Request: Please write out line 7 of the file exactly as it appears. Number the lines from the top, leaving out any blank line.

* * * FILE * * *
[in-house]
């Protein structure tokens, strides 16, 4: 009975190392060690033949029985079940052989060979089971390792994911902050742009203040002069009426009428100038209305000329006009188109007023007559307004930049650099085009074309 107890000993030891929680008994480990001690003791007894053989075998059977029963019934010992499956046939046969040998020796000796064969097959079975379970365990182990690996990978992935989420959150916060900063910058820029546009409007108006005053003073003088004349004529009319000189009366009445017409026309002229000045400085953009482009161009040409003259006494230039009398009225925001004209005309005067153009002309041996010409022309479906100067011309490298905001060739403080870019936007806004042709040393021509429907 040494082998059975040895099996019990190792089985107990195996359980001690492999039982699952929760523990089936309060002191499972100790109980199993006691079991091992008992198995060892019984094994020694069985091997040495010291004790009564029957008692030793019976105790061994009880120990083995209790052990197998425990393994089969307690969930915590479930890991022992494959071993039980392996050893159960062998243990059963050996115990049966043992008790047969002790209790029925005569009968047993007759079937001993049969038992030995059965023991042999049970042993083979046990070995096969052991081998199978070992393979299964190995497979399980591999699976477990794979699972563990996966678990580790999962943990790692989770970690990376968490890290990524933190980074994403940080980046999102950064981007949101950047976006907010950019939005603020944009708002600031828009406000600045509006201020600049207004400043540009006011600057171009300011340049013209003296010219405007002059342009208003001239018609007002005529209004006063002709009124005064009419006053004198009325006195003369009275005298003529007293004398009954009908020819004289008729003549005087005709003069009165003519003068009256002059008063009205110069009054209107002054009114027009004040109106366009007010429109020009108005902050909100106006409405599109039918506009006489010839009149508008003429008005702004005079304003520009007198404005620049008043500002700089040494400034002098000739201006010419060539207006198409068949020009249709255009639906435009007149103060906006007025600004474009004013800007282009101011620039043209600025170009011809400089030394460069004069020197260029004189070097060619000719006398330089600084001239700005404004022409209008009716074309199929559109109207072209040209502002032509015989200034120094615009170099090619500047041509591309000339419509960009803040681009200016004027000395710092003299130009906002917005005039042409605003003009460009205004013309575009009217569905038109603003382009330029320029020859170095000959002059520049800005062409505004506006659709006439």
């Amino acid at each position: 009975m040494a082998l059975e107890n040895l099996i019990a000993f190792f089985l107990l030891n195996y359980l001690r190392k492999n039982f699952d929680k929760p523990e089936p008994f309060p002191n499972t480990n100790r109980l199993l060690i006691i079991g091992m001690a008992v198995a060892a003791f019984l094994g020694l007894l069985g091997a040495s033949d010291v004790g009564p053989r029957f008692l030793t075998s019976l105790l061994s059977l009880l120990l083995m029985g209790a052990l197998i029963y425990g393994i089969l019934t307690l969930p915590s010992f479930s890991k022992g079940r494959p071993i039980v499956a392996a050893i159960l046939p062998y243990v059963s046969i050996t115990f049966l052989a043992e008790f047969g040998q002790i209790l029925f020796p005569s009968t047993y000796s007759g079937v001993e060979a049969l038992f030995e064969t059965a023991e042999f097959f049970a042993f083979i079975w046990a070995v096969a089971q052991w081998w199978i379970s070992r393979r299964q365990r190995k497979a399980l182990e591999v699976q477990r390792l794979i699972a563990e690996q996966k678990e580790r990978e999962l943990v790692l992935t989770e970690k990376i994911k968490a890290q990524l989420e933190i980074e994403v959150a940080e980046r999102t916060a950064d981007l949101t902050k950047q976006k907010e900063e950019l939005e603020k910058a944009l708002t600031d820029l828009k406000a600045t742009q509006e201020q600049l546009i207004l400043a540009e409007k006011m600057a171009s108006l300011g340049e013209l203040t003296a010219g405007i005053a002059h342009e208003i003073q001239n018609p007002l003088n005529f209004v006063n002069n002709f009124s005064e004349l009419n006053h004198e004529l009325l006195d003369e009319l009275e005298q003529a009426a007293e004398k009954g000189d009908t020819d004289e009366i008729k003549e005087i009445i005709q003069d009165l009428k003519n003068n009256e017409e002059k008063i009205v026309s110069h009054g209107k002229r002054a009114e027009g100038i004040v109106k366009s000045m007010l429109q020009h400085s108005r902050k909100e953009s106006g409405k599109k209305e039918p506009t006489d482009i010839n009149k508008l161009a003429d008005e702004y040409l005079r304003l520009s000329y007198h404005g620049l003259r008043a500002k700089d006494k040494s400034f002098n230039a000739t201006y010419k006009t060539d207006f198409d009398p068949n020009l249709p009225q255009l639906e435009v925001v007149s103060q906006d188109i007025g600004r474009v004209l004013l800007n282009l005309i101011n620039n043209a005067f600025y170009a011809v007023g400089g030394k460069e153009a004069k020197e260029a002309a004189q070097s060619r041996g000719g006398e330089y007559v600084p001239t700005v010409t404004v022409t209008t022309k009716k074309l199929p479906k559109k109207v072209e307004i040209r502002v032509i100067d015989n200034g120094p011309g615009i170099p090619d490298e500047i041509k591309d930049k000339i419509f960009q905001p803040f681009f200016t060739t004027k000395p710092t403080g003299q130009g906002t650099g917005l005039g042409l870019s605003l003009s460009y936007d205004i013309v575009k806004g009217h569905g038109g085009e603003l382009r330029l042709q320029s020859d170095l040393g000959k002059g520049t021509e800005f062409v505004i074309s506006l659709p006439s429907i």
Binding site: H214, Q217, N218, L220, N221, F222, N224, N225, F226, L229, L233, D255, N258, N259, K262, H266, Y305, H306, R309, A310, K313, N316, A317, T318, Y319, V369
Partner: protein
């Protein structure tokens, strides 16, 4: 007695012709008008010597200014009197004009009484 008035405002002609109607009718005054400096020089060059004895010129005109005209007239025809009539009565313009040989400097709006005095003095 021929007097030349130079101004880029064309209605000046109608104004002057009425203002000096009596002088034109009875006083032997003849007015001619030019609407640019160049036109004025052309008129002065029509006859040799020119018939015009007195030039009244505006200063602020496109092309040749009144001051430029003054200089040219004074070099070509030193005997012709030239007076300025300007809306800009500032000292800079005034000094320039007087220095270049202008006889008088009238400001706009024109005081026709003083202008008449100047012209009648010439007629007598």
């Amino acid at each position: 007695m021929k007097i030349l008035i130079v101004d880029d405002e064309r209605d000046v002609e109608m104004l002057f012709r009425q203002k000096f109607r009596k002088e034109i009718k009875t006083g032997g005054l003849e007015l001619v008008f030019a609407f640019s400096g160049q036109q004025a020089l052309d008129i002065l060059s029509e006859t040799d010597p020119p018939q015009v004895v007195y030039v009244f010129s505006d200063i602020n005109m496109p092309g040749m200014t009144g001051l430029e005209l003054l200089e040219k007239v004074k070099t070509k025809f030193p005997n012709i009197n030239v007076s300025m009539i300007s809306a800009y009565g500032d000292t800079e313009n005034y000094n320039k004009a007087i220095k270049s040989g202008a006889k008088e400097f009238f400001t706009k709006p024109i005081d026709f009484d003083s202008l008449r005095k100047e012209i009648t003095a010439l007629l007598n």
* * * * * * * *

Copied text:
């Amino acid at each position: 007695m021929k007097i030349l008035i130079v101004d880029d405002e064309r209605d000046v002609e109608m104004l002057f012709r009425q203002k000096f109607r009596k002088e034109i009718k009875t006083g032997g005054l003849e007015l001619v008008f030019a609407f640019s400096g160049q036109q004025a020089l052309d008129i002065l060059s029509e006859t040799d010597p020119p018939q015009v004895v007195y030039v009244f010129s505006d200063i602020n005109m496109p092309g040749m200014t009144g001051l430029e005209l003054l200089e040219k007239v004074k070099t070509k025809f030193p005997n012709i009197n030239v007076s300025m009539i300007s809306a800009y009565g500032d000292t800079e313009n005034y000094n320039k004009a007087i220095k270049s040989g202008a006889k008088e400097f009238f400001t706009k709006p024109i005081d026709f009484d003083s202008l008449r005095k100047e012209i009648t003095a010439l007629l007598n």